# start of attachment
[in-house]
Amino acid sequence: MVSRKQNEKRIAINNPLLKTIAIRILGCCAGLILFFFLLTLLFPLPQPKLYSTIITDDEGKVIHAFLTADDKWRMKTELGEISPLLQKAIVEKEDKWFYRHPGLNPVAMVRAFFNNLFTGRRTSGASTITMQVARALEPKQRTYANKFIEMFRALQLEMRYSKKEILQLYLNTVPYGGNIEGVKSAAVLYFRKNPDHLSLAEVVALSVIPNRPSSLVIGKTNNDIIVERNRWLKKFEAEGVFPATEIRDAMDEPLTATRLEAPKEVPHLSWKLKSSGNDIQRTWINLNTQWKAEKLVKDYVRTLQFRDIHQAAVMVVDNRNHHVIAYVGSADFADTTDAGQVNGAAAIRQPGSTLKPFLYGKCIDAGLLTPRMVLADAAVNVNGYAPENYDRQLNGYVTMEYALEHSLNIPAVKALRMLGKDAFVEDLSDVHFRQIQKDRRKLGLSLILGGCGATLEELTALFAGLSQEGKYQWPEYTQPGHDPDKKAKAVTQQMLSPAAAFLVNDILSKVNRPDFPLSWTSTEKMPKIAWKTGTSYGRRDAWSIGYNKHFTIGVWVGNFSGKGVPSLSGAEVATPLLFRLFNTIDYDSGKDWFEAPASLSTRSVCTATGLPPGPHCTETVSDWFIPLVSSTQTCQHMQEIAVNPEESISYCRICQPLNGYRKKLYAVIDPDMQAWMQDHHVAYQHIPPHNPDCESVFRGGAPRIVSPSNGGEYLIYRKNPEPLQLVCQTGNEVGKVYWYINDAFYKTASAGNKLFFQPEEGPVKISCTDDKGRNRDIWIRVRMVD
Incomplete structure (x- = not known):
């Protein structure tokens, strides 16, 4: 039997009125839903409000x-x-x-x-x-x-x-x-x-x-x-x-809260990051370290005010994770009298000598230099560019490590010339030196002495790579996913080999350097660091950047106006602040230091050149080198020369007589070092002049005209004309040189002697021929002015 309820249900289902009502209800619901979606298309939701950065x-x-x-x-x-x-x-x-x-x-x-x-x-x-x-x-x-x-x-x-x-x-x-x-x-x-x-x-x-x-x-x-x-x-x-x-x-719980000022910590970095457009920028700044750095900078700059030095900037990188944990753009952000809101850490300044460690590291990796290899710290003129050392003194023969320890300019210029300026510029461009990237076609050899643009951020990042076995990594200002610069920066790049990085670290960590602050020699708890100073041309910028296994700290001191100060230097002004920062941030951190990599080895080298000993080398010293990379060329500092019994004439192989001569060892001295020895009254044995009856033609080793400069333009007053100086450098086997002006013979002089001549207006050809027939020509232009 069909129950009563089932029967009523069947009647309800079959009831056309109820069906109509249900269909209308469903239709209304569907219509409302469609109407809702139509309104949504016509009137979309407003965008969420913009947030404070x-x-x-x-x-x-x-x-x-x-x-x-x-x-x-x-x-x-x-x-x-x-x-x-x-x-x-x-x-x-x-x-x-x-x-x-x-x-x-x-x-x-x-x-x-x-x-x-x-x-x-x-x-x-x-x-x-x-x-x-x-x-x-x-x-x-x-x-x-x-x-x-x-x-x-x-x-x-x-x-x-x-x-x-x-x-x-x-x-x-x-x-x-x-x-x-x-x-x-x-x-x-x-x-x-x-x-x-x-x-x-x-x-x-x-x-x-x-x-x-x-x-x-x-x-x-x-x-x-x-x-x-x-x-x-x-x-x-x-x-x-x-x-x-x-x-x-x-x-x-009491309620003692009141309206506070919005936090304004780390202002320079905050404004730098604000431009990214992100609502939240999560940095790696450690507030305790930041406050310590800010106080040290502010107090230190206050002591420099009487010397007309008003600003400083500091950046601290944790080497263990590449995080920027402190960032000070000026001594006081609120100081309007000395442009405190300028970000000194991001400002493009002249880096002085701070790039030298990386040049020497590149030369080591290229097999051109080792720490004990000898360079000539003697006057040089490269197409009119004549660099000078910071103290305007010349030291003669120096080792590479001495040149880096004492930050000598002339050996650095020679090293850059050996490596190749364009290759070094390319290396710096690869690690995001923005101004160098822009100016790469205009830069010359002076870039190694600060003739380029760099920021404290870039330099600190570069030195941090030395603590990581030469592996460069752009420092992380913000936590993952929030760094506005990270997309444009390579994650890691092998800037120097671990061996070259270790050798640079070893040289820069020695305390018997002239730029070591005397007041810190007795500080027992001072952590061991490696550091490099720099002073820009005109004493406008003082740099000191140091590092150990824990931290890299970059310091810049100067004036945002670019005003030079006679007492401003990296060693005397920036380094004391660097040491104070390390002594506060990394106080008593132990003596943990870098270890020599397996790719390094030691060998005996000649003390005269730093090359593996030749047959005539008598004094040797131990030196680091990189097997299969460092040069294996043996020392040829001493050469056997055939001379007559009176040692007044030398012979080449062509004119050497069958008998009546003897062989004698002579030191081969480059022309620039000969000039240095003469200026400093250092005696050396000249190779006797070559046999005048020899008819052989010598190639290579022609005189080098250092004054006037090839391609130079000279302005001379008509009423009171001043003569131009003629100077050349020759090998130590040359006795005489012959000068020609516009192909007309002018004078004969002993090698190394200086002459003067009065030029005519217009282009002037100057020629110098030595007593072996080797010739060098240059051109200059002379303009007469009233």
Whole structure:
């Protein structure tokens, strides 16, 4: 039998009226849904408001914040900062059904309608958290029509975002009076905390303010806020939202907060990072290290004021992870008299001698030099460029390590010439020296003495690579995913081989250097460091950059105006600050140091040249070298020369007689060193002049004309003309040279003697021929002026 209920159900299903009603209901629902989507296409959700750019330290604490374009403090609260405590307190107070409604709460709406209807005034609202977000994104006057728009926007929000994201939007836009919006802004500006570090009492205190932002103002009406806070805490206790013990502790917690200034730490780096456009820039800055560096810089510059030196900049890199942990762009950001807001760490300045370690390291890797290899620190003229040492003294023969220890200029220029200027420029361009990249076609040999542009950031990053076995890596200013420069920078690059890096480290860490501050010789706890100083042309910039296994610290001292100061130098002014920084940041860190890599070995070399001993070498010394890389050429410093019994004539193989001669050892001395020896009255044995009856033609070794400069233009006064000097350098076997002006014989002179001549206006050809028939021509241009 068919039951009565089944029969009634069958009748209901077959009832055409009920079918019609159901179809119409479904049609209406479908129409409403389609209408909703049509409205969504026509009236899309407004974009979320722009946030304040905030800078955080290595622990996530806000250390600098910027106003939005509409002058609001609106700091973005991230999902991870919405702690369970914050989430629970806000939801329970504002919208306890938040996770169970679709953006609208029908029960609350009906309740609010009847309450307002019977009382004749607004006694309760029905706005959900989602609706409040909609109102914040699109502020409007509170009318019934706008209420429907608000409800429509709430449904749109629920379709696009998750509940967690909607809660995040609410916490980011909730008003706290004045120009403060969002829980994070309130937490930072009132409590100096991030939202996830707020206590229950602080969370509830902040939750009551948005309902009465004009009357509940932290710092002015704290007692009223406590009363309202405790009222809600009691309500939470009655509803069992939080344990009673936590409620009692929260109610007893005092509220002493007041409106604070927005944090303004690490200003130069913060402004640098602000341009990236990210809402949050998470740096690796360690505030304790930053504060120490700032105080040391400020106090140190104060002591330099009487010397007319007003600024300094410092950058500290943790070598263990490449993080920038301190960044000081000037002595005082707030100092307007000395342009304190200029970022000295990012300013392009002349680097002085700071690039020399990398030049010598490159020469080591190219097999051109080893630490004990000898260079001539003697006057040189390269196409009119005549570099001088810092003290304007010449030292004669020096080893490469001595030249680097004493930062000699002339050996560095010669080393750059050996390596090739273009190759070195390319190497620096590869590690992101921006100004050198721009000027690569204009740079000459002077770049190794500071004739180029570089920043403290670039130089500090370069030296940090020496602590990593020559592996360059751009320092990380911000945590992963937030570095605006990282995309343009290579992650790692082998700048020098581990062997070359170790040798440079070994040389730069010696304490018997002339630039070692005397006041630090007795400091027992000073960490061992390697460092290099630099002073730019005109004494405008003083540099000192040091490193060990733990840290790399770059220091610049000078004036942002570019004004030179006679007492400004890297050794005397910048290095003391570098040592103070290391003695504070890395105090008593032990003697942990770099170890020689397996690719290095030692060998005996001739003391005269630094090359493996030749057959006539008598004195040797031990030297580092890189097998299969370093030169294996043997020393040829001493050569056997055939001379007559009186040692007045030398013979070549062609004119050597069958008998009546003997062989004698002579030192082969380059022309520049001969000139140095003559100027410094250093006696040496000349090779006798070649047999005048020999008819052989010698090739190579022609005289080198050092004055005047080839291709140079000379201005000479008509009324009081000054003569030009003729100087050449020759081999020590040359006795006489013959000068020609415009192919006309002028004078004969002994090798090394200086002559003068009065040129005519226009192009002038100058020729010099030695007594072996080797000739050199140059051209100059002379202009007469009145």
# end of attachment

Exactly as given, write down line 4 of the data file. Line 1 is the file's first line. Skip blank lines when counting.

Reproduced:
């Protein structure tokens, strides 16, 4: 039997009125839903409000x-x-x-x-x-x-x-x-x-x-x-x-809260990051370290005010994770009298000598230099560019490590010339030196002495790579996913080999350097660091950047106006602040230091050149080198020369007589070092002049005209004309040189002697021929002015 309820249900289902009502209800619901979606298309939701950065x-x-x-x-x-x-x-x-x-x-x-x-x-x-x-x-x-x-x-x-x-x-x-x-x-x-x-x-x-x-x-x-x-x-x-x-x-719980000022910590970095457009920028700044750095900078700059030095900037990188944990753009952000809101850490300044460690590291990796290899710290003129050392003194023969320890300019210029300026510029461009990237076609050899643009951020990042076995990594200002610069920066790049990085670290960590602050020699708890100073041309910028296994700290001191100060230097002004920062941030951190990599080895080298000993080398010293990379060329500092019994004439192989001569060892001295020895009254044995009856033609080793400069333009007053100086450098086997002006013979002089001549207006050809027939020509232009 069909129950009563089932029967009523069947009647309800079959009831056309109820069906109509249900269909209308469903239709209304569907219509409302469609109407809702139509309104949504016509009137979309407003965008969420913009947030404070x-x-x-x-x-x-x-x-x-x-x-x-x-x-x-x-x-x-x-x-x-x-x-x-x-x-x-x-x-x-x-x-x-x-x-x-x-x-x-x-x-x-x-x-x-x-x-x-x-x-x-x-x-x-x-x-x-x-x-x-x-x-x-x-x-x-x-x-x-x-x-x-x-x-x-x-x-x-x-x-x-x-x-x-x-x-x-x-x-x-x-x-x-x-x-x-x-x-x-x-x-x-x-x-x-x-x-x-x-x-x-x-x-x-x-x-x-x-x-x-x-x-x-x-x-x-x-x-x-x-x-x-x-x-x-x-x-x-x-x-x-x-x-x-x-x-x-x-x-x-009491309620003692009141309206506070919005936090304004780390202002320079905050404004730098604000431009990214992100609502939240999560940095790696450690507030305790930041406050310590800010106080040290502010107090230190206050002591420099009487010397007309008003600003400083500091950046601290944790080497263990590449995080920027402190960032000070000026001594006081609120100081309007000395442009405190300028970000000194991001400002493009002249880096002085701070790039030298990386040049020497590149030369080591290229097999051109080792720490004990000898360079000539003697006057040089490269197409009119004549660099000078910071103290305007010349030291003669120096080792590479001495040149880096004492930050000598002339050996650095020679090293850059050996490596190749364009290759070094390319290396710096690869690690995001923005101004160098822009100016790469205009830069010359002076870039190694600060003739380029760099920021404290870039330099600190570069030195941090030395603590990581030469592996460069752009420092992380913000936590993952929030760094506005990270997309444009390579994650890691092998800037120097671990061996070259270790050798640079070893040289820069020695305390018997002239730029070591005397007041810190007795500080027992001072952590061991490696550091490099720099002073820009005109004493406008003082740099000191140091590092150990824990931290890299970059310091810049100067004036945002670019005003030079006679007492401003990296060693005397920036380094004391660097040491104070390390002594506060990394106080008593132990003596943990870098270890020599397996790719390094030691060998005996000649003390005269730093090359593996030749047959005539008598004094040797131990030196680091990189097997299969460092040069294996043996020392040829001493050469056997055939001379007559009176040692007044030398012979080449062509004119050497069958008998009546003897062989004698002579030191081969480059022309620039000969000039240095003469200026400093250092005696050396000249190779006797070559046999005048020899008819052989010598190639290579022609005189080098250092004054006037090839391609130079000279302005001379008509009423009171001043003569131009003629100077050349020759090998130590040359006795005489012959000068020609516009192909007309002018004078004969002993090698190394200086002459003067009065030029005519217009282009002037100057020629110098030595007593072996080797010739060098240059051109200059002379303009007469009233």